5 to try

Author Joe Hill posed an interesting question on his blog earlier. What 5 things have you never done as a writer that you would like to try? It got me thinking so here are my 5.


1.Write a graphic novel

This is an easy one. I’ve always loved comics and have a pretty decent collection. I also love art and have studied fine art, graphic design and film in college – all of which work nicely with the medium of graphic novels. It’s years since I made any art on paper properly and I’m sure I’ve lost whatever talent I may have had in that area so I wouldn’t be able to draw a comic but I would absolutely love to write one. If any comic artists or illustrators out there want to collaborate, give me a holla! Read the rest of this entry »

Joss Whedon’s Ten Writing Tips

A few years ago, Joss Whedon, writer of creator of Buffy among other things, shared his top 10 writing tips with 4Talent magazine. They’re mostly aimed at screenwriters but could easily apply to most types of writing, particularly any fiction. So here they are, with some of my thoughts after in italics.


Actually finishing it is what I’m gonna put in as step one. You may laugh at this, but it’s true. I have so many friends who have written two-thirds of a screenplay, and then re-written it for about three years. Finishing a screenplay is first of all truly difficult, and secondly really liberating. Even if it’s not perfect, even if you know you’re gonna have to go back into it, type to the end. You have to have a little closure.

This is so true. There really is nothing worse than a story or script hanging over your head.- Alan


Structure means knowing where you’re going ; making sure you don’t meander about. Some great films have been made by meandering people, like Terrence Malick and Robert Altman, but it’s not as well done today and I don’t recommend it. I’m a structure nut. I actually make charts. Where are the jokes ? The thrills ? The romance ? Who knows what, and when ? You need these things to happen at the right times, and that’s what you build your structure around : the way you want your audience to feel. Charts, graphs, coloured pens, anything that means you don’t go in blind is useful.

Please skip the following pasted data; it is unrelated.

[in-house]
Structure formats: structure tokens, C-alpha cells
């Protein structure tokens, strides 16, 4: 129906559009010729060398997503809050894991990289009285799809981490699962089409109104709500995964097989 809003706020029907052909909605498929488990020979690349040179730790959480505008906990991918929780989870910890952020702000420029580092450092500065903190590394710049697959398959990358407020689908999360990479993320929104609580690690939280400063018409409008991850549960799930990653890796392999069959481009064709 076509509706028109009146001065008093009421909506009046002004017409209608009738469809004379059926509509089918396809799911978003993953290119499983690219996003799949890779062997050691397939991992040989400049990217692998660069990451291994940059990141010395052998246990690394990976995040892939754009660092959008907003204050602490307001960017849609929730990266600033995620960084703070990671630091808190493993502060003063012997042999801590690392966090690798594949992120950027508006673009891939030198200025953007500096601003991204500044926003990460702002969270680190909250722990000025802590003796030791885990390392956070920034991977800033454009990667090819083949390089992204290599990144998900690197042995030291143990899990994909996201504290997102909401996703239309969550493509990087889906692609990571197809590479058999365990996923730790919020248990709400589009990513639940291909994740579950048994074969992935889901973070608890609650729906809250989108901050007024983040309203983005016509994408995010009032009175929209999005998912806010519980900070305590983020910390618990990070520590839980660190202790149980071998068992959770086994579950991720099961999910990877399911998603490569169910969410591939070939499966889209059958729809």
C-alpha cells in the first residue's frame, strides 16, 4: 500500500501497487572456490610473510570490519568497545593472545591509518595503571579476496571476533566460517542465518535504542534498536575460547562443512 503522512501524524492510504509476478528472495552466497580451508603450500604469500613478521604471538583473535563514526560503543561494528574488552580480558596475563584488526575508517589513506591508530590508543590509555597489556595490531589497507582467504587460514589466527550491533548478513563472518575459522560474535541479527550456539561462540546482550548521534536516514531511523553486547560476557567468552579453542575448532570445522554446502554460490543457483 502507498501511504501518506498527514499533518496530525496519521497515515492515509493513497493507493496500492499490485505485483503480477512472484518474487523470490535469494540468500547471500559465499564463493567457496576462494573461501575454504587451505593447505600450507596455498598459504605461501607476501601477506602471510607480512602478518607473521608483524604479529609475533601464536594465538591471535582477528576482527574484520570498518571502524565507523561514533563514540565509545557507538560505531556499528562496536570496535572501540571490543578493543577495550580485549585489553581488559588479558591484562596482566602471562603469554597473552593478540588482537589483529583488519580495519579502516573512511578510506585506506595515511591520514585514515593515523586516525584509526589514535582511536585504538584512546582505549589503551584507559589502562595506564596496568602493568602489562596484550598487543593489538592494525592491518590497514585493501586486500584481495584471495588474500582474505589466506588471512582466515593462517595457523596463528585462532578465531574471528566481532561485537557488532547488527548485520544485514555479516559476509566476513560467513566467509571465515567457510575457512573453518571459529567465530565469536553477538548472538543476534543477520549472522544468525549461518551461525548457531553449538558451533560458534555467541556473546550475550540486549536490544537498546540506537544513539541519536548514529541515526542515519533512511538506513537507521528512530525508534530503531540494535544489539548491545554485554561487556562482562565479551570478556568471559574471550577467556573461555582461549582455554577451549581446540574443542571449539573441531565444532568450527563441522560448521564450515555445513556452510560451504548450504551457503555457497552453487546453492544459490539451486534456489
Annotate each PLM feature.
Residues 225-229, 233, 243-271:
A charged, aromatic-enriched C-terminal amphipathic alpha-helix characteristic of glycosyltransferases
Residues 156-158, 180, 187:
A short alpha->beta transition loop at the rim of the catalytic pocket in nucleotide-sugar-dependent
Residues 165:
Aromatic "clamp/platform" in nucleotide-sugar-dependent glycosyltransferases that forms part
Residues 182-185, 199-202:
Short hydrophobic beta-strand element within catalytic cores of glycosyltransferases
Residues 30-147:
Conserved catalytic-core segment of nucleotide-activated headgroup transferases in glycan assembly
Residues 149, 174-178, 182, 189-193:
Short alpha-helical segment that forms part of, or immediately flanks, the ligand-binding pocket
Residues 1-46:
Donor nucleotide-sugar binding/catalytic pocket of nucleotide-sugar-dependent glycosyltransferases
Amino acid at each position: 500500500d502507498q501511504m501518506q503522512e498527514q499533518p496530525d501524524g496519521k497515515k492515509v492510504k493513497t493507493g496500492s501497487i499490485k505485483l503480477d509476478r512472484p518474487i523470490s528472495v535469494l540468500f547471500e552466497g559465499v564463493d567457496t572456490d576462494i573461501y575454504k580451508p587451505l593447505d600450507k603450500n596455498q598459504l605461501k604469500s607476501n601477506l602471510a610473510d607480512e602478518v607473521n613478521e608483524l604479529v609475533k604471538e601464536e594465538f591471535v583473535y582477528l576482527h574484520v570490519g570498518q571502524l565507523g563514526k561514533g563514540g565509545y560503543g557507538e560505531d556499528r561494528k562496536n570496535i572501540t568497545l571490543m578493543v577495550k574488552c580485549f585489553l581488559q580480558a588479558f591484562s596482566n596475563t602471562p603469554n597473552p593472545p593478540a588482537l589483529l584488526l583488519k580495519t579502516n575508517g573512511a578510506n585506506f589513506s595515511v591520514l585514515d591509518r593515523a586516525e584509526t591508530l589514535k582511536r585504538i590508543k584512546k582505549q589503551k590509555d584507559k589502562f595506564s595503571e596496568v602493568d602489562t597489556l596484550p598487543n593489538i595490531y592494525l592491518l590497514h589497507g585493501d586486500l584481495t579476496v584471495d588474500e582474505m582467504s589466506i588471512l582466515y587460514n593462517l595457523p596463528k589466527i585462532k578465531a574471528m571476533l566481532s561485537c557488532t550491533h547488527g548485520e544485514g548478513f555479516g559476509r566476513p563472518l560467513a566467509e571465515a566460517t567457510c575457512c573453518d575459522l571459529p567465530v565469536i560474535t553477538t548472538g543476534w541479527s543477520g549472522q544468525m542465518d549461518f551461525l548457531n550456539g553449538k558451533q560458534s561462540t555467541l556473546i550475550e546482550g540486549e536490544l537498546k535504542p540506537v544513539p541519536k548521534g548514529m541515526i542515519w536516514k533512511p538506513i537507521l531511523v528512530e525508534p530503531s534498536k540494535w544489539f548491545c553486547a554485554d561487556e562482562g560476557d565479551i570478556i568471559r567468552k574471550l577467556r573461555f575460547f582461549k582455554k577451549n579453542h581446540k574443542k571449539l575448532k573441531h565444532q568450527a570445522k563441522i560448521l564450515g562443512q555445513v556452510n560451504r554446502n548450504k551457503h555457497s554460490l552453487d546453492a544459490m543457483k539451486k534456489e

Some people might not like structure but I think it’s good idea that if you do find yourself stuck to revert back to structure. I’m not big into making notes, although I have started making Post-It notes of what I’m writing that day.- Alan


This really should be number one. Even if you’re writing a Die Hard rip-off, have something to say about Die Hard rip-offs. The number of movies that are not about what they purport to be about is staggering. It’s rare, especially in genres, to find a movie with an idea and not just, ‘This’ll lead to many fine set-pieces’. The Island evolves into a car-chase movie, and the moments of joy are when they have clone moments and you say, ‘What does it feel like to be those guys ?’



Everybody has a perspective. Everybody in your scene, including the thug flanking your bad guy, has a reason. They have their own voice, their own identity, their own history. If anyone speaks in such a way that they’re just setting up the next person’s lines, then you don’t get dialogue : you get soundbites. Not everybody has to be funny ; not everybody has to be cute ; not everybody has to be delightful, and not everybody has to speak, but if you don’t know who everybody is and why they’re there, why they’re feeling what they’re feeling and why they’re doing what they’re doing, then you’re in trouble.